Modern day Dick Turpin – Ransomware
Ransomware catapulted into the news in 2013 when CryptoLocker started holding people’s files to ransom. Since, we’ve seen a number of other programs making a name for themselves. With unprecedented levels of ransomware circulating this year, victims have to make the hard decision of losing their data or paying the cyber criminal’s demands.
Or do they?
What is Ransomware?
Ransomware pretty much does what it says on the tin. It is a malicious program that encrypts a victim’s computer and then displays a message from the criminals demanding payment in return for the decryption keys. Having paid, the victim receives a file that will unlock the machine – if they’re lucky.
How serious the problem is depends on which ransomware is involved. Locky and Zepto are still some of the reigning champs, as far as ransomware volume goes, but here are a few others making a name for themselves:
This ransomware stands out due to its high ransom price and the pink tiara it boasts once you are infected. The usual asking price for most ransomware is around the $300 mark, however Princess has a starting price of around $1800. If you’re too slow to pay, that doubles to around $3,600 (or 6 bitcoins) to get the key.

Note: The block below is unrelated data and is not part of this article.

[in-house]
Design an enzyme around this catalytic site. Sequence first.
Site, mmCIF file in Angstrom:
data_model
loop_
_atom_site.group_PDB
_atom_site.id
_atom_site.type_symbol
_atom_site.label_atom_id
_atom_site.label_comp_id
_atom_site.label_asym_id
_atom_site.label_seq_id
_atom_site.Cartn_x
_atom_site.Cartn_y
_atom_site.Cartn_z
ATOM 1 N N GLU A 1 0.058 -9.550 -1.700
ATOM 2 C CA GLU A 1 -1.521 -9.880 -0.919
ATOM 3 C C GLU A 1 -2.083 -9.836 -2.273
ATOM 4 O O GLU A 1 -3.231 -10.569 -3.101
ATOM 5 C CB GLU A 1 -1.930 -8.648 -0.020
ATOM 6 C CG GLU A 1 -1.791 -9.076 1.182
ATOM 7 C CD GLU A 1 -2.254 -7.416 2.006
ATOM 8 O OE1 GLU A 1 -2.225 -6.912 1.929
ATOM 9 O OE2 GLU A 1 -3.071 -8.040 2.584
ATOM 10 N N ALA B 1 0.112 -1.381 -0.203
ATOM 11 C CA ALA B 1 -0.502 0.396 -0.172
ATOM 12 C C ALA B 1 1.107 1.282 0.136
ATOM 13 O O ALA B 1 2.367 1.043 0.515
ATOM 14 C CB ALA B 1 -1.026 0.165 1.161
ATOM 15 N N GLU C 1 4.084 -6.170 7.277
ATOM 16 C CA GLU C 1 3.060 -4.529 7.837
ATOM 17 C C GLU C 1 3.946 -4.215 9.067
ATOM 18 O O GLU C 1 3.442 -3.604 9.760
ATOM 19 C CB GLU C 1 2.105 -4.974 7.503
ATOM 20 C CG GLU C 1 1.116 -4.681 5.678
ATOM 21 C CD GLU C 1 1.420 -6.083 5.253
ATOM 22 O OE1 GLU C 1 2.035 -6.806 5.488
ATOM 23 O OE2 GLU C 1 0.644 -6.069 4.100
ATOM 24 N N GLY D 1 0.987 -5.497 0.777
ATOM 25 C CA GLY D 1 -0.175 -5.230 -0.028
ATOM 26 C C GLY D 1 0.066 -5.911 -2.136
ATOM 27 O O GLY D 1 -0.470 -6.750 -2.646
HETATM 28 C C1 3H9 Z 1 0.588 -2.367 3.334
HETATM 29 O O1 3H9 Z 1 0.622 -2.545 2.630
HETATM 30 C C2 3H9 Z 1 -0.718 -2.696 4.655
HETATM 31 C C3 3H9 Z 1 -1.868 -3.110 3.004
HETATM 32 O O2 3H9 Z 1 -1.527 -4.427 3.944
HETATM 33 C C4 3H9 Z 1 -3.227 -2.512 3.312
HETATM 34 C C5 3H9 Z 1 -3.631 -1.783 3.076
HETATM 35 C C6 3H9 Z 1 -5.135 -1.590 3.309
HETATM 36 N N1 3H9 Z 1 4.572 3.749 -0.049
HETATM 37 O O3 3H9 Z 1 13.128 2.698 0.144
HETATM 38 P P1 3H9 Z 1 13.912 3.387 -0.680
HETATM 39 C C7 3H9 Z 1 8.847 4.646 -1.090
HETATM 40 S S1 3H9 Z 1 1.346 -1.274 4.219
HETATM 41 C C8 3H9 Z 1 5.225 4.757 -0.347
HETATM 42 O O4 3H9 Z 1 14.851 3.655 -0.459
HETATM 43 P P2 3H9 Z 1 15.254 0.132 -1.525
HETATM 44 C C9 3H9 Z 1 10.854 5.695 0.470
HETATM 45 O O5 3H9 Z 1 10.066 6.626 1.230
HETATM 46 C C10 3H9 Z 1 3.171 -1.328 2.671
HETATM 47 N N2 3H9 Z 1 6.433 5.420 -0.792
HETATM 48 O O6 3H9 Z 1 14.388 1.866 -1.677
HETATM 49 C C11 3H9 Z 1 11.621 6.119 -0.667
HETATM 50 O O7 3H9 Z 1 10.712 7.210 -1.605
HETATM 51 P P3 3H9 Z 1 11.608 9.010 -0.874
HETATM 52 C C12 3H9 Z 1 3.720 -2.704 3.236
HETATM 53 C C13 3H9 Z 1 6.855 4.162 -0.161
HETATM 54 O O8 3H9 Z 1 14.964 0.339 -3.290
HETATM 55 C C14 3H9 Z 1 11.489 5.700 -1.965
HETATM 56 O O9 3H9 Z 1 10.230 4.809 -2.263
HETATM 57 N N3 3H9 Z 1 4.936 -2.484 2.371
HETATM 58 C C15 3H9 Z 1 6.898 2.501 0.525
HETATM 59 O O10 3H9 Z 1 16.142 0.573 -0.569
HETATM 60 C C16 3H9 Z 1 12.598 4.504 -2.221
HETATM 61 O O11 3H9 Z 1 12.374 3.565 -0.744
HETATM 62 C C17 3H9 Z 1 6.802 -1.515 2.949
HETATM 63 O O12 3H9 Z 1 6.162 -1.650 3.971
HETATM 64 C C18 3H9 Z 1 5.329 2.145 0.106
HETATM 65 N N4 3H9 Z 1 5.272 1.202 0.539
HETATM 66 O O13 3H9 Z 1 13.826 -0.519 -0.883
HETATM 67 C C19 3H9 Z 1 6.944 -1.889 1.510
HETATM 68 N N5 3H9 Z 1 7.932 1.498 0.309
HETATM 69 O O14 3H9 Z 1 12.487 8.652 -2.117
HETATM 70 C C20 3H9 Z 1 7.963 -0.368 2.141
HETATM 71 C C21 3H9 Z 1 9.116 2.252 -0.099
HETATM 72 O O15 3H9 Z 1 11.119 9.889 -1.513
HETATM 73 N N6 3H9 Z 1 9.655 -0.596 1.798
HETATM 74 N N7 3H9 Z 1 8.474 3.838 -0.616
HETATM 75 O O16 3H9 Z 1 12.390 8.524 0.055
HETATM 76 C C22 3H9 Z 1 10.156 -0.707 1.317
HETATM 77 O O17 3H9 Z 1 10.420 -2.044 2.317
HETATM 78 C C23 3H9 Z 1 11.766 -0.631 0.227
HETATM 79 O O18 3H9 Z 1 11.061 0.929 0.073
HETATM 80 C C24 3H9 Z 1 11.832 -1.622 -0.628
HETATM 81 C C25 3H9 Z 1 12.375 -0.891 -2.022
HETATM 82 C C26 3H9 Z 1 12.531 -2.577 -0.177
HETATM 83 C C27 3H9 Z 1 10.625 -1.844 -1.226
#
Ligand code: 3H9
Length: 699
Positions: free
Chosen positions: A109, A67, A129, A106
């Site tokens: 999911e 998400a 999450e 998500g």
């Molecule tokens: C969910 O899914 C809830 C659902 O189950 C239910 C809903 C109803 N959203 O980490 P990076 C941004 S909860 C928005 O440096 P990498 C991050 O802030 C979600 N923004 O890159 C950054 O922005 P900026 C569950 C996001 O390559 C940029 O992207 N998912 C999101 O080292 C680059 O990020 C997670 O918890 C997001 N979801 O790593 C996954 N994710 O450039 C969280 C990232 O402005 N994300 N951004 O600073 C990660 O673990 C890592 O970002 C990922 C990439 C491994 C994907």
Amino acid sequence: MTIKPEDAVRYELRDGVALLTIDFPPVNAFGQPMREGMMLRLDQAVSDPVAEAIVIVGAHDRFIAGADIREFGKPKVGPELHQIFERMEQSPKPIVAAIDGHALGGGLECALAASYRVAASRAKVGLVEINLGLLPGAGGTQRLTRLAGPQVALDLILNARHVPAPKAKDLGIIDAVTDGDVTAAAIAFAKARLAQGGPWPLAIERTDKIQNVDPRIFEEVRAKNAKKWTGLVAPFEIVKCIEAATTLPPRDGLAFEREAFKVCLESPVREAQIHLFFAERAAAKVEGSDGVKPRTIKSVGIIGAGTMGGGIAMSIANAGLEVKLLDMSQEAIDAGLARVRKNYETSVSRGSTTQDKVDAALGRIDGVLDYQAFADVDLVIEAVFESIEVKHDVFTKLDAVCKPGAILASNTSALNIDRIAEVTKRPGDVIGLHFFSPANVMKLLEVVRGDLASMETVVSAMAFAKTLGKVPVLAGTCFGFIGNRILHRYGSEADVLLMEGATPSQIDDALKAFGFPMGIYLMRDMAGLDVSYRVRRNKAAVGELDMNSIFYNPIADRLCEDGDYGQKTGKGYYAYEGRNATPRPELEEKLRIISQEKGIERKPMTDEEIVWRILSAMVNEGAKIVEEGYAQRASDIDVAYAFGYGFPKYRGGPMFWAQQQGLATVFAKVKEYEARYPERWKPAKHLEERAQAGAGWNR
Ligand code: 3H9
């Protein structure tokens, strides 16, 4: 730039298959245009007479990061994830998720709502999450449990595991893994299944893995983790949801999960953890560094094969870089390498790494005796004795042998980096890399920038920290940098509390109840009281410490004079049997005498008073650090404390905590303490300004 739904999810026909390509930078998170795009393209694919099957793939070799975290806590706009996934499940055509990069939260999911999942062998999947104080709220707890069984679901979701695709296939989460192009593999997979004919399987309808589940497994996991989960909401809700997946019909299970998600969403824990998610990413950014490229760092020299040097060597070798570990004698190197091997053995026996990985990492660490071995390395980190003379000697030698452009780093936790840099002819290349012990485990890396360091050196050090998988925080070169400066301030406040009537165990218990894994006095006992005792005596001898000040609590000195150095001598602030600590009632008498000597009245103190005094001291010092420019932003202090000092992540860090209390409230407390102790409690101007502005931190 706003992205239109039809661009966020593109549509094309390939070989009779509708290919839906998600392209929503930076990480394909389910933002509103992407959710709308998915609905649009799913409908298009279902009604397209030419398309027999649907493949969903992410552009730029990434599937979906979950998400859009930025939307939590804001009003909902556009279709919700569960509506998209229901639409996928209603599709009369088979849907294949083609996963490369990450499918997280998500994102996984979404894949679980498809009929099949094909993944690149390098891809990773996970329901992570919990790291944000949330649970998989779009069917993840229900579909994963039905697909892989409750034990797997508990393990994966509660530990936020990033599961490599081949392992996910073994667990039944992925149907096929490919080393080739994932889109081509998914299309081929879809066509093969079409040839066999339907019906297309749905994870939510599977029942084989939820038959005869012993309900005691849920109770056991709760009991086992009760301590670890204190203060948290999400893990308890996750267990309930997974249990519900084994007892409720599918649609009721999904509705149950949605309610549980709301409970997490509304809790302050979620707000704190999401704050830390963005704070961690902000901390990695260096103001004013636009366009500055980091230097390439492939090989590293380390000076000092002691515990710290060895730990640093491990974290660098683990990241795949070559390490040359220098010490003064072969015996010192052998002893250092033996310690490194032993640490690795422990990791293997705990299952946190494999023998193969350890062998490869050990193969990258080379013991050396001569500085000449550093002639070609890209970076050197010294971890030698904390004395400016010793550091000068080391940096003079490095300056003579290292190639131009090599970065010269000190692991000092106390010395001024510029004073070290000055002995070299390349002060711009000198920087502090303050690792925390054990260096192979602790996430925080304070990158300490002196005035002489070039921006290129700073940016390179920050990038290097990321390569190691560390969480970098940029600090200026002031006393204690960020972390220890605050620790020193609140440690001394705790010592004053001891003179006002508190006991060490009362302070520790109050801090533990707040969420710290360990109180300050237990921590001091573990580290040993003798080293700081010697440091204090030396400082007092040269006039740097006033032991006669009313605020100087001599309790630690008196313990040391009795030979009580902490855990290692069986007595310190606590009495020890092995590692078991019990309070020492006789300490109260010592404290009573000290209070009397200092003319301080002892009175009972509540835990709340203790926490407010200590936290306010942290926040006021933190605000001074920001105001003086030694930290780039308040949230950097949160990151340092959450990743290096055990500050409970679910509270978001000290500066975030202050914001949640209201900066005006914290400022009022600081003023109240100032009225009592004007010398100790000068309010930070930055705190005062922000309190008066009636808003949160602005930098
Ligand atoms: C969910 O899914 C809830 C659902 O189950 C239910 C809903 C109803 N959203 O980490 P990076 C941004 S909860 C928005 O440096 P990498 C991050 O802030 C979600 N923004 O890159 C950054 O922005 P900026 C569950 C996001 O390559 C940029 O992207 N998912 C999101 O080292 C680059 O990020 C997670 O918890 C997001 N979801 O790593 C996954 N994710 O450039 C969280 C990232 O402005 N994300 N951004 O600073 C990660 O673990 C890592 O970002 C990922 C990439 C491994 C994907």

This one was aimed at teaching users a lesson as, once the virus ran and encrypted files, it would let the user know that a key had been hidden on their computer and they just needed to find it to get their files back and decrypt them. The note that pops up has some often recommended advice of not downloading random things on the internet.
Internet of Things Ransomware
Hackers were able to demonstrate that they could successfully infect a thermostat with ransomware. While this is a very specific situation with a certain model of a thermostat, it brings up a point that security researchers have been trying to bring to light: the Internet of Things can be a security nightmare.
MarsJoke (aka Polyglot)
The newest ransomware, this one is aimed at targeting government agencies and educational institutions. The attack has mainly been seen via links in email messages that lead to the malicious download.
If you’re unlucky enough to fall victim to the modern day highwaymen, and thinking of paying the demands, remember that these thieves are often associated with larger criminal organisations, which use your money to fund their illegal activities.
Instead, before you do anything else, take the time today to back up your files, update your software and hardware, and make sure you have layered security, then you won’t find yourself caught between a rock and a hard place.
Troy Gill, Manager of Security Research AppRiver